Amitav Roy

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Trying out Microsoft Windows WSL 2 and a quick review

Posted on 18th July, 2020 by Amitav Roy

So, I read about this new feature on Twitter not sure who made that tweet or was it a sponsored one. But I saw that Microsoft has release Windows Subsystem for Linux (WSL) version 2. Now, I was not even aware version 1 existed (I guess I was too outdated in the windows world) but this news caught my attention. Windows and Linux in the same tweet. Well, that’s interesting I thought and started reading about the feature.

So, what is this new WSL?

Microsoft’s WSL is a way for you to install a Linux environment on your Windows machine. So, now many would say – well what’s so new about it. We have VM Ware which allows us to do that. We can even use the open source version Virtual Box and install a Linux OS inside a Windows machine. However, the interesting thing about WSL is that the filesystem is integrated with your Windows system.

WSL Filesystem

By that, I mean you can have your Node or PHP project inside a Linux system. And, when you run “code .” from inside your Linux console, the folder will open up inside Visual Studio Code. Or, even right click and open that folder inside PHP Storm of VS Code (see screenshot below)

Windows Applications available inside WSL

Yes, it’s real. I do a lot of PHP development and most of it is using Laravel. And, I never liked the idea of having WAMP or XAMP to control my LAMP stack. And, that was one big reason I never used Windows as my primary OS for development. However, with this I get the best of both worlds. I am able to execute my code from inside the Ubuntu environment staying within a Windows environment. Using the Windows terminal, I am able to run all Linux commands required inside any unix based system, upgrading of PHP and other stuff can be done using the APT package manager.

The port mapping is seamless, so when you go to http://localhost, you will get the familiar Apache welcome page. If you run “php artisan server” inside Linux, you will be able to see the Laravel welcome page on http://localhost:8000 and that goes true for all other services and ports.

Some issues that I have faced

However, there are some open issues which I am already aware of:

  1. The clock has some issue and hence, my mysql service doesn’t start automatically. It showed some error during installation (however everything works fine). Just, that when I start my machine, I go and run sudo service start mysql. (Looking for a fix for the same as of now)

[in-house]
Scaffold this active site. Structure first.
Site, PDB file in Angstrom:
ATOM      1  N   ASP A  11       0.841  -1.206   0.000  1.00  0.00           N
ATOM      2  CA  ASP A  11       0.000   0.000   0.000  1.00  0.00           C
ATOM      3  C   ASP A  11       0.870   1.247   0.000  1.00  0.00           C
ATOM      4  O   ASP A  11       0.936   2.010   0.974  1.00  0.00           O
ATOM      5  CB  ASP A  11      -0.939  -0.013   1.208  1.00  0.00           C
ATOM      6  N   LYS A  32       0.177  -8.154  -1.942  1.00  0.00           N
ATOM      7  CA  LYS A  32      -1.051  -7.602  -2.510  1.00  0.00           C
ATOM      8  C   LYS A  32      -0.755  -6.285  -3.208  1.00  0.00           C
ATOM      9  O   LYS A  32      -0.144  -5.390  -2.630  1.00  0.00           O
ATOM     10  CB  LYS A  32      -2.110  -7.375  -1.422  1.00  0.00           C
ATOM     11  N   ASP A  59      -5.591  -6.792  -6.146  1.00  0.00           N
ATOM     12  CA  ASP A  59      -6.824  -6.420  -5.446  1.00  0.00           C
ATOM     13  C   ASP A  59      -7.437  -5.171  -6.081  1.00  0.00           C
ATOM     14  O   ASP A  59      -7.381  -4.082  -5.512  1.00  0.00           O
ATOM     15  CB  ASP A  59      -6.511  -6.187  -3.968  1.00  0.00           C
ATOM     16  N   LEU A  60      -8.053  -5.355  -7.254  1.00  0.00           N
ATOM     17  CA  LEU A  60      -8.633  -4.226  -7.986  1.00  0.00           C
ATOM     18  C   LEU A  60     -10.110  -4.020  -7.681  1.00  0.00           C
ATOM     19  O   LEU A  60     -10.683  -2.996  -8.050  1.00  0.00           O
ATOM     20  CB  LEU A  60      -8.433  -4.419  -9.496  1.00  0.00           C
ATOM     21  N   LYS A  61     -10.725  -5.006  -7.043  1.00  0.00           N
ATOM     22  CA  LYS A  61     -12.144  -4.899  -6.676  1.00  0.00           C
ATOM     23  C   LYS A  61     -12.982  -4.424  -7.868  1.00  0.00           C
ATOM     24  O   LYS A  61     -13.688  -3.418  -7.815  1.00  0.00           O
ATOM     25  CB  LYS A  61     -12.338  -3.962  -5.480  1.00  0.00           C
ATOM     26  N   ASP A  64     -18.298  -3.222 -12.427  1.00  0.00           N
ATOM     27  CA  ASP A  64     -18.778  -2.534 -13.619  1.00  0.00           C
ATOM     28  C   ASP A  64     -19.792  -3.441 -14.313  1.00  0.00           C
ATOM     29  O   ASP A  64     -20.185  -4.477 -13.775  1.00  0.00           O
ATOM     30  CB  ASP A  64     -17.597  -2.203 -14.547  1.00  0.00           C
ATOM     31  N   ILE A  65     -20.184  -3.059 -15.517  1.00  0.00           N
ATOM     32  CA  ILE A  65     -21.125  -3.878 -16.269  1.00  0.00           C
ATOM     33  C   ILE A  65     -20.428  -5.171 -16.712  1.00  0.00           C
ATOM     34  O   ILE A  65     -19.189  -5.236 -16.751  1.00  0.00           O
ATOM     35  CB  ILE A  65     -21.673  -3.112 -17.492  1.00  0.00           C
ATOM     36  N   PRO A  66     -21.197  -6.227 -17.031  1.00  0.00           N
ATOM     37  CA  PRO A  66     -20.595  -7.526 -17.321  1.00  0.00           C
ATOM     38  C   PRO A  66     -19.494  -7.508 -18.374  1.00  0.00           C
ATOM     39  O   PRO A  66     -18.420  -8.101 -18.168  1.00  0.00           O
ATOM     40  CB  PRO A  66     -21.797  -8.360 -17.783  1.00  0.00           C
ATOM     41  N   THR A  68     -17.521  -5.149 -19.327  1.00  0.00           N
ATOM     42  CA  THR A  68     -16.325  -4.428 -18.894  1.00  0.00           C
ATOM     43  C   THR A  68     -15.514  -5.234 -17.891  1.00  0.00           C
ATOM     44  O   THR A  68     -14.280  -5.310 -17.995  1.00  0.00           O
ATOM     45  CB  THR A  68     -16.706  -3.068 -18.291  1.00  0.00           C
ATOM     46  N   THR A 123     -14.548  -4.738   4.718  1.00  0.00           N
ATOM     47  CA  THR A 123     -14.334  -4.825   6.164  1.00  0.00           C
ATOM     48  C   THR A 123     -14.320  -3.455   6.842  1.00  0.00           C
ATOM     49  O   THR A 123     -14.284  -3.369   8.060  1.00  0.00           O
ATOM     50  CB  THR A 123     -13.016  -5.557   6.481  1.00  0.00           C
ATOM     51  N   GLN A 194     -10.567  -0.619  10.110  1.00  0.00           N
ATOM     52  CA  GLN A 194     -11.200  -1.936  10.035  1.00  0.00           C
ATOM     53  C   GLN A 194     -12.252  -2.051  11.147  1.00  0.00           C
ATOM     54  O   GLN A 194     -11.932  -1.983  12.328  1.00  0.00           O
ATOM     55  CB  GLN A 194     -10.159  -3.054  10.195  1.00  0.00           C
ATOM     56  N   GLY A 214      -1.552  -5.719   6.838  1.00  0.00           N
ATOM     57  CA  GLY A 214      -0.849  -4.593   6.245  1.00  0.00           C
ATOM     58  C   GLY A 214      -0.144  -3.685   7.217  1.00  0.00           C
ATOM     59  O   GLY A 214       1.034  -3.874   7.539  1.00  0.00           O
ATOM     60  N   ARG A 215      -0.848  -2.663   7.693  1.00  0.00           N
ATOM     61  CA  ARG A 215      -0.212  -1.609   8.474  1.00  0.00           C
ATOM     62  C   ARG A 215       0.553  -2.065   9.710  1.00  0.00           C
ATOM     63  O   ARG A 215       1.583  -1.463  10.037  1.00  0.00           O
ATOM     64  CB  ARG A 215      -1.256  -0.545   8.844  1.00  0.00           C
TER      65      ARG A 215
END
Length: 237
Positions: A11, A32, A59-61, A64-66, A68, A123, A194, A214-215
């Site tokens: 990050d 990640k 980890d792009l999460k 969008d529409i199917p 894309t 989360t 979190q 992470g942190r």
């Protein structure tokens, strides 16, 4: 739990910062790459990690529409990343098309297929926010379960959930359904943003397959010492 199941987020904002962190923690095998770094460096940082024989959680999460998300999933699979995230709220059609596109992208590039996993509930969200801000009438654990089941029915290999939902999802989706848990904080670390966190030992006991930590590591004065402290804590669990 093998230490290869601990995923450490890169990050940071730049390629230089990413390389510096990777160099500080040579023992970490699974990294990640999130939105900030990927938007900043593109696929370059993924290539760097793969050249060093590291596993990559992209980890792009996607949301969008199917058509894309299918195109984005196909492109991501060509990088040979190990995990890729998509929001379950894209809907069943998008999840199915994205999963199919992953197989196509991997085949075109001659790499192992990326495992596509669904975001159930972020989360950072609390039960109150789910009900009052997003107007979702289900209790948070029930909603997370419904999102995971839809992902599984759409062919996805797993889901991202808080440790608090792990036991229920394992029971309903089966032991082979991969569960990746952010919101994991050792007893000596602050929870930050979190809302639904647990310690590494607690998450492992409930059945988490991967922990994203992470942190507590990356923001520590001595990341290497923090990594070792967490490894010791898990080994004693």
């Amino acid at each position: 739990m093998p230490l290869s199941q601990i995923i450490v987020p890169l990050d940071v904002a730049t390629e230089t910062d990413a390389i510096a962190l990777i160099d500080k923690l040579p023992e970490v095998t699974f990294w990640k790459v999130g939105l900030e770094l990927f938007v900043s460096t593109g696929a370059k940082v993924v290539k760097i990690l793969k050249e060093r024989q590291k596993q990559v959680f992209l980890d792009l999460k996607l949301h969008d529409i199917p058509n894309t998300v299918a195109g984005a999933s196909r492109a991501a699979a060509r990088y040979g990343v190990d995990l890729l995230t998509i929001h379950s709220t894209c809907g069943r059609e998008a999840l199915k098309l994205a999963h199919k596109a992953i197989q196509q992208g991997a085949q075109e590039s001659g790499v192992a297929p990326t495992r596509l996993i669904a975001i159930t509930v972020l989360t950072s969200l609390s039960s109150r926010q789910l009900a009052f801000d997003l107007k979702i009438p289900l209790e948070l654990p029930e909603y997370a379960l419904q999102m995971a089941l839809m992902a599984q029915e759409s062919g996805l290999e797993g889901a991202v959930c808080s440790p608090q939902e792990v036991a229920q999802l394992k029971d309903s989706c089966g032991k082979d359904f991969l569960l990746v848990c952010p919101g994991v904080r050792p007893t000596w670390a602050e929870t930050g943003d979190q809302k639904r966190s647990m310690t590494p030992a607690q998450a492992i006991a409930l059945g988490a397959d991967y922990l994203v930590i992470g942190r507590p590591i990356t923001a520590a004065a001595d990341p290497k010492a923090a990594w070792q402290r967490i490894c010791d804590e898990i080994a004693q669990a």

2. The file system on Windows and Linux are different. So, if you reference any file from Windows inside Linux, folder permissions can be a problem. Like, I have a lot of ssh .pem files which are stored inside my Dropbox folder so that I don’t loose them. Now, if I create a symlink of the Dropbox folder from the Windows file system into the Linux machine, the “File is too open” permission issue comes up. And, you can’t fix that.

Other than that, I am overall very happy. My desktop (which is my primary development machine) is running on Windows 10 instead of Linux and I think I will continue to use it because things can only get better from here. And this does mean, I may not have to spend a huge amount on a new Mac Book Pro as my primary development environment and upgrades will not be so costly.

Tell me what do you think about this new feature. You can get in touch with me on my twitter handle @amitavroy7


Amitav Roy replied on 22nd November 2021
Oh yes, that was so easy. Thanks, yes I was facing this issue. And, I will use this. Also, I think instead of this in .zshrc or such file, I will add this in my CRON at reboot. <a class="u-mention" href=""></a> <a class="u-mention" href=""></a>
Evgeny Romanov replied on 22nd November 2021
Hey, great article, thank you! I noticed your comment about auto-starting MySQL in it. In case you still need to solve this problem, this is what I use for MySQL (and a bunch of other services). <a class="u-mention" href=""></a> <a class="u-mention" href=""></a> <a class="u-mention" href=""></a>
Ryan replied on 22nd November 2021
Thanks! Your article helped. I'm going to give this a try. I'm currently using Laragon, so if you find it easy to switch, that's good news! <a class="u-mention" href=""></a> <a class="u-mention" href=""></a> <a class="u-mention" href=""></a>
Ryan liked on 22nd November 2021
SATYAJIT GHOSH  on 22nd November 2021
Tanzim Ibthesam replied on 21st November 2021
Awesome now its like go with either windows or mac though learning linux can help <a class="u-mention" href=""></a> <a class="u-mention" href=""></a>
Bhushan Gaikwad liked on 21st November 2021
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Amitav Roy replied on 19th January 2021
Yes, I now get the best of both the worlds. Thinking to buy a Windows Laptop next when I purchase a new one. <a class="u-mention" href=""></a>
Tanzim Ibthesam replied on 19th January 2021
Awesome can't wait to use WSL2 install everything from CLI like linux <a class="u-mention" href=""></a> <a class="u-mention" href=""></a>
Neeraj Tangariya liked on 19th January 2021
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Rich Klein replied on 6th August 2020
Thanks for the article, it was very helpful. I beta tested WSL 2 a while back and it had some issues with accessing servers on local ports, glad to see it was resolved. I'm hoping Laravel Valet for Linux works on WSL 2 since I like the convenience of Valet on Mac. <a class="u-mention" href=""></a> <a class="u-mention" href=""></a> <a class="u-mention" href=""></a>
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